In one global cybersecurity firm’s user base, cybercriminals shifted away from mobile device attacks toward credential theft and bank accounts.

Good news and bad news. Last year, attacks on mobile devices in a global user base actually declined.

Now the bad news: cybercriminals probably consolidated their efforts to focus on more dangerous (and profitable) threats instead.

According to Kaspersky, more than 95,000 new mobile banking trojans were detected in their user ecosystem last year, but the number of attacks using such malware remained similar. At the same time, the share of trojan malware had doubled over that of the previous year, reaching 8.8%.

The cybersecurity firm’s analysis of mobile threats demonstrated a positive trend: the number of attacks on mobile users worldwide had been declining, hitting 46m in 2021 compared to 63m in 2020. Their experts attribute this development, in part, to the wave of attacks seen at the beginning of lockdown as users got forced to work from home. That period also saw increased use of various video conferencing and entertainment apps, increasing the volume and spread of attack opportunities. Now that the situation has stabilized, cybercriminal activity would have declined as a result.

With the revised focus away from mobile threats, cybercriminals paid more attention to steal account credentials and other personal data to get at the grand prize: high-hanging fruit such as bank accounts and other stored-value funds.

The number of attacks using banking trojans had kept up momentum. There were 2.367m attacks in the firm’s user ecosystem, 2021, only 600k fewer than in 2020. New malware such as the Fakecalls banking trojan was dropping calls whenever users tried to contact the bank, replacing audio recordings with prepared answers from the operator. This way, users were tricked into thinking that they were speaking with a real bank employee or the standard robot answering machine, and unwittingly shared sensitive information with the attackers.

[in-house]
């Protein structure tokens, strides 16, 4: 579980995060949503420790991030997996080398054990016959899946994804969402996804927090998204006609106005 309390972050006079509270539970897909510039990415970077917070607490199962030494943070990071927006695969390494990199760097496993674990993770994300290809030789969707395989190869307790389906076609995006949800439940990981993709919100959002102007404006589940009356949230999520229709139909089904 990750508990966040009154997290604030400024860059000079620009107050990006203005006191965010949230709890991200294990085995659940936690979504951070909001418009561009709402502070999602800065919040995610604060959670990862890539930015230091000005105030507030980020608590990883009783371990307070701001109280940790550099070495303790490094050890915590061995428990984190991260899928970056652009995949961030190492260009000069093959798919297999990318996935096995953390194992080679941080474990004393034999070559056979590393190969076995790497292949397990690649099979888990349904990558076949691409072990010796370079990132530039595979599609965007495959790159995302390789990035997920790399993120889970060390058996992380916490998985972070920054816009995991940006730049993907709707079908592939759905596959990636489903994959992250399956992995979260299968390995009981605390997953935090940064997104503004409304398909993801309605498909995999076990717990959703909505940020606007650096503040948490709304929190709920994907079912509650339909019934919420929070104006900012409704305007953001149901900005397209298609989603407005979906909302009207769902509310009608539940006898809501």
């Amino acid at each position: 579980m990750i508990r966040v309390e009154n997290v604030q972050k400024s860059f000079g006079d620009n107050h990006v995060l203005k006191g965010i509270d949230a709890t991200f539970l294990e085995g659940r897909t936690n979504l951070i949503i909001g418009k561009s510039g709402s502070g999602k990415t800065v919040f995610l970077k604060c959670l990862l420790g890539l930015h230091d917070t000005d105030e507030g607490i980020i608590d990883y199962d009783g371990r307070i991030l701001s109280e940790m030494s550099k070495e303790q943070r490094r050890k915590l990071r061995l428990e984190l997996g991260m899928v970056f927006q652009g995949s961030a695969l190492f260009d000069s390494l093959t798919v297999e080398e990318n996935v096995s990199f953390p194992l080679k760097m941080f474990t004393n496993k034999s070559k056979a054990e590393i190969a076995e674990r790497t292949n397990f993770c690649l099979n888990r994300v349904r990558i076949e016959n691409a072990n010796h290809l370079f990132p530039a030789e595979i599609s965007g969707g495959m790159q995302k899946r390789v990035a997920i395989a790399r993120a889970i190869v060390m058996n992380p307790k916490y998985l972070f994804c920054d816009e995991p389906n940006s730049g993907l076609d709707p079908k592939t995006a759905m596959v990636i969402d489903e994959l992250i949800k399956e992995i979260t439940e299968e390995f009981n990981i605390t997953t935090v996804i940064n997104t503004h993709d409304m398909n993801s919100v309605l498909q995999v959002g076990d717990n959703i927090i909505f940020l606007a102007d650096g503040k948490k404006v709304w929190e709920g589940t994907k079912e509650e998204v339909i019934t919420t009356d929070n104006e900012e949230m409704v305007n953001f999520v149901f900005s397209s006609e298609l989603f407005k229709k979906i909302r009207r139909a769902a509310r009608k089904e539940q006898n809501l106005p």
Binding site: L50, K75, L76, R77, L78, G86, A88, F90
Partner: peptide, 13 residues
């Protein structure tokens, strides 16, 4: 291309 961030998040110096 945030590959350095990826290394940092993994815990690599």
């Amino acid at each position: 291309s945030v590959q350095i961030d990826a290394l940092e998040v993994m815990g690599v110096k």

Other malware acted more subtly. The Sova banking trojan stole users’ cookies, thereby gaining access to personal accounts in mobile banking apps, without necessarily knowing login and password information.

Another cyber trend in 2021 saw cybercriminals going after mobile gaming credentials, which were later sold on the Dark Web or used to steal in-game goods from users. The first mobile trojan of the Game thief category stole credentials from the mobile version of PlayerUnknown’s Battlegrounds (PUBG). Real-money purchases are no less popular in mobile games, but the firm’s researchers had never seen an attempt at hijacking an account in any game until 2021.

Summing up a cyber-eventful year

Overall, the firm’s user base saw 3.5m malicious installations, leading to 46.2m attacks worldwide. Moreover, 80% of attacks were carried out by malware rather than adware or ordinary software abused for criminal intentions.

Said Tatyana Shishkova, a security researcher at the firm: “The attacks we are still seeing have become more complex and harder to spot. Cybercriminals tend to mask malicious apps under the guise of legitimate applications, which can often be downloaded from official app stores. On top of that, with mobile banking and payment apps becoming even more widespread, there is a higher chance of cybercriminals targeting these more actively.”